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Winnipeg Jets goaltender Ondrej Pavelec keeps his eyes on the puck during the third period of their NHL hockey game against the Vancouver Canucks in Vancouver, British Columbia March 8, 2012.

BEN NELMS/REUTERS

As hockey fans across North America lament another NHL lockout and the possibility of a lost season, spare a thought for the folks in Winnipeg.

No city has embraced the NHL quite like the Manitoba capital, where passions built up for 16 years were finally unleashed with the return of the Winnipeg Jets in 2011. And now after a raucous first season in which the MTS Centre shook during home games and fan support grow so intense that roughly 500 people turned out in mid-July just to watch the Jets' draft picks practis e, professional hockey could vanish once again.

"Everyone's disappointed of course," said Jeremy Torrie, a Jets season-ticket holder. Torrie is putting on a brave face for now, saying he doesn't blame the players for the lockout and he understands the "realty" of the NHL's economics. "There's no doubt fan support is 100 per cent behind the Jets but we also recognize the problems with the league in cities where the fans aren't as hard core as we are," he said Monday.

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"After such an emotional high last year with the return of the Jets and the [Blue] Bombers in the Grey Cup, our sports cupboard is really bare this year," Jets fan Harold Nachtigall added. "Truthfully it is really upsetting. Millionaires fighting with billionaires about money."

A lengthy lockout will take its toll financially as well. Winnipeg is one of the smallest NHL markets and the city will feel the absence of its team perhaps more than any other place. The Jets brought new life to the city's downtown core, filling up bars and restaurants in the blocks around the MTS Centre during games. Losing even a few games will hit many bottom lines and cost jobs.

"A lot of restaurants and bars are going to say, 'I used to have five or six staff on a game night. Now because there's no game, I may need one," said Chuck Davidson of the Winnipeg Chamber of Commerce who also has Jets season tickets. The lockout "is concerning news and [the economic impact] really has more to do with how this is going to take."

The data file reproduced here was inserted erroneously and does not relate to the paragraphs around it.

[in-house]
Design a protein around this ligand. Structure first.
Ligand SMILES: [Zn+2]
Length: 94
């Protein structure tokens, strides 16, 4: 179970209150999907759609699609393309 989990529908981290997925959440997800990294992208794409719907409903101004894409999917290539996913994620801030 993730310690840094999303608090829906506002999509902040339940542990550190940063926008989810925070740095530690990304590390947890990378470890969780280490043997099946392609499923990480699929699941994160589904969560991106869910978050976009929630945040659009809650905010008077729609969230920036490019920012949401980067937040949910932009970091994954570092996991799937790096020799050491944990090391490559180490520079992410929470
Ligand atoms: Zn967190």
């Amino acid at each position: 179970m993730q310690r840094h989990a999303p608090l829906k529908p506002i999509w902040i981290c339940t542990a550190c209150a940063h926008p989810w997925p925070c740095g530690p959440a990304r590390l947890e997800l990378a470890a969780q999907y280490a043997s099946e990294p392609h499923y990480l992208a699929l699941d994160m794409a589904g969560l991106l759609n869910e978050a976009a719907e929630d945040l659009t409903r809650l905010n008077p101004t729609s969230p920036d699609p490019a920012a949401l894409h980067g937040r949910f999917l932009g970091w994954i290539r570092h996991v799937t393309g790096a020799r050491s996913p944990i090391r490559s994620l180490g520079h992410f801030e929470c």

Just as troubling, Davidson added, is the effect a prolonged lockout will have on the city's emotional state. "The biggest impact, and it can't really be felt financially right now, is just what this is going to do to the psyche of Winnipeggers," he said, noting that last season was more like a love affair with the team. "I think there is going to be some frustration. I think people are going to say, 'We waited so long. Year 1 was unbelievable and we have such high expectations moving forward.'"

The club's chief executive officer tried to offer some reassurances Monday. Jim Ludlow told reporters the Jets won't be laying off staff during the lockout and plan to use the time to revamp the MTS Centre. "We are here for the long haul," Ludlow told the Winnipeg Free Press.

While local anger is mounting over the lockout, few believe the bad feelings will remain once the team is back on the ice. "The enthusiasm for the Jets is way too strong," said David Minuk, editor of the Illegal Curve, a local website and weekly radio program covering the Jets."It would take something nuclear to really change any sort of attitude toward the Jets. People are just too happy with the team being back. In this city the Jets can do no wrong."

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About the Author
European Correspondent

Paul Waldie has been an award-winning journalist with The Globe and Mail for more than 10 years. He has won three National Newspaper Awards for business coverage and been nominated for a Michener Award for meritorious public service journalism. He has also won a Sports Media Canada award for sports writing and authored a best-selling biography of the McCain family. More

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